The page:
Two letters about hills and mountains

The following are letters to the Berkeley Daily Gazette written by Bill in 1971, published in the “The open forum” section. (Information on Reverend Doug Smith’s Vietnam War Protest on Mt. Shasta can be found here.)

From the Mountain Top

(published August 20, 1971)

Tuesday morning I watched the sunrise from the summit of Mt. Shasta. I was with my friend Dough Smith, a man of peace. I had climbed Shasta on Monday, the 26th anniversary of the sunburst explosion over Nagasaki. I had climbed to be with Doug, to hug Doug, to support Doug. I had climbed to draw closer to my God and to myself. I had climbed because Shasta had begun to cast her spell over me since Doug had first shared with some of us his hopes and plans for the Shasta project.

As Doug and I watched the eastern edge of the earth ignite, we joined our voices in a sunrise greeting to God and his universe similar to Doug’s nightly sunset salute–three chanted shouts of “Hallelujah!” And as we turned to come down from the summit to Doug’s mountain top home, we saw the shadow of Shasta stretching to the sea, the shadow of Shasta reaching the ocean of peace.

Many men have climbed mountains for many reasons. Many men have written many words about climbing mountains. And now, after having managed to climb to the moon, men are climbing mountains on the moon.

William Blake wrote words about mountains and men” “Great things are done when men and mountains meet; This is not done by jostling in the street.” Those great things may be known to the mountain climbing man alone. There is always a very personal dimension to any mountain top experience.

Bu sometimes, by speaking from the mountain or by coming down from the mountain, a man touches people, reaches people–and changes take place.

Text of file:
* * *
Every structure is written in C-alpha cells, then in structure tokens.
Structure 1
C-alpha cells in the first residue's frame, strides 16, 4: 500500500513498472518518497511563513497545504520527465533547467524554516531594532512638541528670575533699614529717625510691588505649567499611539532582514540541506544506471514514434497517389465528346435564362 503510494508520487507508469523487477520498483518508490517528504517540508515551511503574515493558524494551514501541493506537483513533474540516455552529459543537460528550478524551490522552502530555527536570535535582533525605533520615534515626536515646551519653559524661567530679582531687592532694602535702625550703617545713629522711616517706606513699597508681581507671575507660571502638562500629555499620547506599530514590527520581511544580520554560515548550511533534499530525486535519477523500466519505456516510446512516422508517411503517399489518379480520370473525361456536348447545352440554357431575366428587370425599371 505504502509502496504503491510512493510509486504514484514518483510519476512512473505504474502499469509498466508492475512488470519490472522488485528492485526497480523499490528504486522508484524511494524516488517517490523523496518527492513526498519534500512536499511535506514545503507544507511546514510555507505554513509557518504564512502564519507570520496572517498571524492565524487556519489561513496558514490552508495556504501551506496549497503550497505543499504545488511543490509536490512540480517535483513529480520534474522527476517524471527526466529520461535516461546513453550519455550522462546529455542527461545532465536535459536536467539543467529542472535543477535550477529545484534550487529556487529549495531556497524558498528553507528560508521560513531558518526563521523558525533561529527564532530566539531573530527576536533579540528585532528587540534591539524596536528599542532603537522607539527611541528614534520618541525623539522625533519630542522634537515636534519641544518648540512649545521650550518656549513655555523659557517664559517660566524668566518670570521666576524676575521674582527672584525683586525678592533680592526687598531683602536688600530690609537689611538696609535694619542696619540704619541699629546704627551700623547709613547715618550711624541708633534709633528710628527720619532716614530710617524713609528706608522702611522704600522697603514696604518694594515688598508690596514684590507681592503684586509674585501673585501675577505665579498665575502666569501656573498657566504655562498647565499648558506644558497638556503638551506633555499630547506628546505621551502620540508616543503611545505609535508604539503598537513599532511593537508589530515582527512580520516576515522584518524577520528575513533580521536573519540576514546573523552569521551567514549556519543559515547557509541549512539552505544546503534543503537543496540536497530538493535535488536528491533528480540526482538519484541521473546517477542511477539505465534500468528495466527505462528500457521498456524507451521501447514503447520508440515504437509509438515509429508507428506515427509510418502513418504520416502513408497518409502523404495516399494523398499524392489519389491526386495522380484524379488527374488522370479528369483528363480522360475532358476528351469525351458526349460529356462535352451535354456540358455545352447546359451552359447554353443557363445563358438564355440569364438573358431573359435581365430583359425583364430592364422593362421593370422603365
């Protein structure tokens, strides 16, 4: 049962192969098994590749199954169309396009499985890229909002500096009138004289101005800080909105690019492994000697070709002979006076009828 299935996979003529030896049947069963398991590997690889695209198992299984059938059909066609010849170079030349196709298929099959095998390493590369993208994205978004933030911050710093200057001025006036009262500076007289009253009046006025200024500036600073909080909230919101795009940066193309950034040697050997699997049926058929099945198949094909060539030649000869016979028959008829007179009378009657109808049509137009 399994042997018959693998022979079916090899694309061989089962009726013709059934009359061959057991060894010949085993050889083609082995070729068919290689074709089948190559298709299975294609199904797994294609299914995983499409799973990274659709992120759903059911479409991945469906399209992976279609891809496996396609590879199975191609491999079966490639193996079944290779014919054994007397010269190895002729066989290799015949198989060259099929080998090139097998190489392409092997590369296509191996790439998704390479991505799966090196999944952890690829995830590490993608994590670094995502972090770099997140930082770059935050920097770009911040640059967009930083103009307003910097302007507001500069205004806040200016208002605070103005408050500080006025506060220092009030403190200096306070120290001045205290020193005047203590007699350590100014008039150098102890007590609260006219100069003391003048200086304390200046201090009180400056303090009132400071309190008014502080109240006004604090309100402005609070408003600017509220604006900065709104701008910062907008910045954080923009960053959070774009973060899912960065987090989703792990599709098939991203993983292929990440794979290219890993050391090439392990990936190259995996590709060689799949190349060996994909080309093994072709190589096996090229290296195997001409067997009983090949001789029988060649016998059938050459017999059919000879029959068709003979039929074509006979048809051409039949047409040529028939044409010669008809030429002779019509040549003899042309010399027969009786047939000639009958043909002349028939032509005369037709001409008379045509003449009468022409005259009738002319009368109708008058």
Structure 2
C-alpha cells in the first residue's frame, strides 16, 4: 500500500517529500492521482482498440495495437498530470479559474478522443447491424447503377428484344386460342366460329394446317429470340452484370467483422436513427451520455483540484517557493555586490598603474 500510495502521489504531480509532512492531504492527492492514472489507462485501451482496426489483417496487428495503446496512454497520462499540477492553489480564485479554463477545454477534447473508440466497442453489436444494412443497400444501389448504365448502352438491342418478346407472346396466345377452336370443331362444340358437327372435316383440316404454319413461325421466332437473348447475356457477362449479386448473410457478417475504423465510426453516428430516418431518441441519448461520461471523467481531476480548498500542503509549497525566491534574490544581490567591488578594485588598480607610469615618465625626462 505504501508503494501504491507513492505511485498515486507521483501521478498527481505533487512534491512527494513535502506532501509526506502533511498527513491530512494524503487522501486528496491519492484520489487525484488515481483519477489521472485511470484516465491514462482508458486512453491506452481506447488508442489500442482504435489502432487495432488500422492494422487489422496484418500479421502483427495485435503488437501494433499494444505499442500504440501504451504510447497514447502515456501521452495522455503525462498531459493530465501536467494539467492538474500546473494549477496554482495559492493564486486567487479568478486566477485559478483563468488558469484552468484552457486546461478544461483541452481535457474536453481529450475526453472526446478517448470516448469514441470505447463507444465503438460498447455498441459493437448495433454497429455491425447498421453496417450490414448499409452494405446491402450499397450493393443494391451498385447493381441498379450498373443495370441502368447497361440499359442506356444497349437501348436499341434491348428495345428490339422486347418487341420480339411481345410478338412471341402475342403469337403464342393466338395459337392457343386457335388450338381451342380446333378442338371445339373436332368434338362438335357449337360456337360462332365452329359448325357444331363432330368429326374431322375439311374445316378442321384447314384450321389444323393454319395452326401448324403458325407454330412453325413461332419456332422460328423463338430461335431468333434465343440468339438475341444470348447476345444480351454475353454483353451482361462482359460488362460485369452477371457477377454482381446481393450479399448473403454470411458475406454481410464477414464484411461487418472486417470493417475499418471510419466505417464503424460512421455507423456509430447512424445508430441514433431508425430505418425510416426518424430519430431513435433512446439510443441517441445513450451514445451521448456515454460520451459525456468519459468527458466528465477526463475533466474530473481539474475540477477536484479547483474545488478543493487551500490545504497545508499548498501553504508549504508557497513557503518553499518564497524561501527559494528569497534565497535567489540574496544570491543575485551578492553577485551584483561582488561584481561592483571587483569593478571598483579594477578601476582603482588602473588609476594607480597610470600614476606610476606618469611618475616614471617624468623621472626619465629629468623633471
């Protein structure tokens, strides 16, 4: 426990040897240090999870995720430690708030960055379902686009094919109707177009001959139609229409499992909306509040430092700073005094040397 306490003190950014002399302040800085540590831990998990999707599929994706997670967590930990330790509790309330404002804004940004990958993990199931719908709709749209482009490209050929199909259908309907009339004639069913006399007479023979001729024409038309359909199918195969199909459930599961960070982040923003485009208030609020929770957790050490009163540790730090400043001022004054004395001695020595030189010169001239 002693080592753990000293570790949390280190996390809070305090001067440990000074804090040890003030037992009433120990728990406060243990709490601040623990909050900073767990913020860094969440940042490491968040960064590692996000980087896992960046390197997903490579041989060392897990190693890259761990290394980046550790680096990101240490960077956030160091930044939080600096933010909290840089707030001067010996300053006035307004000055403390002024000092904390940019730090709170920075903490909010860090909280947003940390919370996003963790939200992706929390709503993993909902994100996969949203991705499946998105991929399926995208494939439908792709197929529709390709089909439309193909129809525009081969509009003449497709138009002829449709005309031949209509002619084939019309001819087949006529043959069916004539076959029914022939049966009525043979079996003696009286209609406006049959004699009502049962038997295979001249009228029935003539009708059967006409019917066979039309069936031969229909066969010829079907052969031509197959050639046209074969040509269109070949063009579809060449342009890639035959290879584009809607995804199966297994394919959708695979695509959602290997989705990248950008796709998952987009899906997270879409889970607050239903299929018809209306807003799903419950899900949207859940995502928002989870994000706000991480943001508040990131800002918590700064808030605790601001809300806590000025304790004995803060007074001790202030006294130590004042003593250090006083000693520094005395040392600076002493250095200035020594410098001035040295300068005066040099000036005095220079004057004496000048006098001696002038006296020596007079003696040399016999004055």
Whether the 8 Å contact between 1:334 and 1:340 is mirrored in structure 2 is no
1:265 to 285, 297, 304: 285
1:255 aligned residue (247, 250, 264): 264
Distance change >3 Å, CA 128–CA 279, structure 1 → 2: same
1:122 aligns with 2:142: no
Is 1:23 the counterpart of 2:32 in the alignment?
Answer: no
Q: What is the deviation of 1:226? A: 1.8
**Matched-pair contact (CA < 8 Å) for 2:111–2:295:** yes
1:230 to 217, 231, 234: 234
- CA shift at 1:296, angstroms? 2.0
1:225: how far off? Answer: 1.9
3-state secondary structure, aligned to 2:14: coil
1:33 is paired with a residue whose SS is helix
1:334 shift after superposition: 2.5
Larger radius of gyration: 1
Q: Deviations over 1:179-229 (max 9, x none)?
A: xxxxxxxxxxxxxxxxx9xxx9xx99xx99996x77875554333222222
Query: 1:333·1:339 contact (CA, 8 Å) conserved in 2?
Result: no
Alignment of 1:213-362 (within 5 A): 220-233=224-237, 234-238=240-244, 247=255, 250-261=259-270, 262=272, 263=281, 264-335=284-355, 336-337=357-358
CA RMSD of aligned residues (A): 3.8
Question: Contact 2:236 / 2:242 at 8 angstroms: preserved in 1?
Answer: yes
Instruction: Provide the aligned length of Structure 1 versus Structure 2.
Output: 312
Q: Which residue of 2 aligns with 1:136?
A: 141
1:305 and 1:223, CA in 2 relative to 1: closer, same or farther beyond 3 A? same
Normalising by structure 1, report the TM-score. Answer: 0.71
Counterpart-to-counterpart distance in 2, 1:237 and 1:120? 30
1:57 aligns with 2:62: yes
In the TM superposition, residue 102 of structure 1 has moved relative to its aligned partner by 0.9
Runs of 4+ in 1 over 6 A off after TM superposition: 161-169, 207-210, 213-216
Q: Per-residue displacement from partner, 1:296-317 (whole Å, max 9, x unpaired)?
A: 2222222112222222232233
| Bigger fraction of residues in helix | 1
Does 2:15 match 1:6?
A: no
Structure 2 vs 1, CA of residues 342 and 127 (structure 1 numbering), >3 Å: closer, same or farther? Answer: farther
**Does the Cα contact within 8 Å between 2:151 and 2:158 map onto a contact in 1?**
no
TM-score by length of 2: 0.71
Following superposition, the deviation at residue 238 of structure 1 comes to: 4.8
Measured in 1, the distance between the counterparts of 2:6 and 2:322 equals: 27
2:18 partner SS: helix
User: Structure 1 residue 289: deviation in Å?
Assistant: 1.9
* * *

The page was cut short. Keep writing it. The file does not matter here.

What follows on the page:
Bill Trampleasure

1238 Grove St.

Look to the ‘C’

(Published September 1, 1971)

Most Berkeleyans have looked to their hills and observed the large letter “C” which looks out over their city and through the Golden Gate to the sea beyond.

Many Berkeleyans have noticed this symbol of a great university change color from yellow to red to green or blue depending on whether Stanford sympathizers, or freshman or other mischief makers have undertaken the latest paint job on its concreted countenance.

Some Berkeleyans have taken the half-hour walk up the Big C Trail behind the Greek Theater to be rewarded with an inspiring view of our beautiful Bay and the communities which sprawlingly nestle around and encroach upon its shoreline.

This Berkeleyan has found the view from “C” to shining sea a constant source of comfort and inspiration, a dependable provider of perspective, and a wide open secret place for quiet moments of meditation in the midst of life’s all too supersonic and stereophonic flight to tomorrow.

For some years I have been contemplating the “C” as the focus for writing some thoughts reflecting one Berkeleyan’s view of his hometown and of the one small ball we all call home.

Now my Sunday morning peace vigils at the “C” and the Gazette’s recently instituted limitation on length and frequency of letters have combined to give me the feeling and the forum for weekly communication of one man’s view “From C to Shining Sea.”

Concrete “C,”
Commanding view
Earth, sky, ocean too
Chaos of conflict
Challenge of change
Come on, commune

Bill Trampleasure

1238 Grove St.

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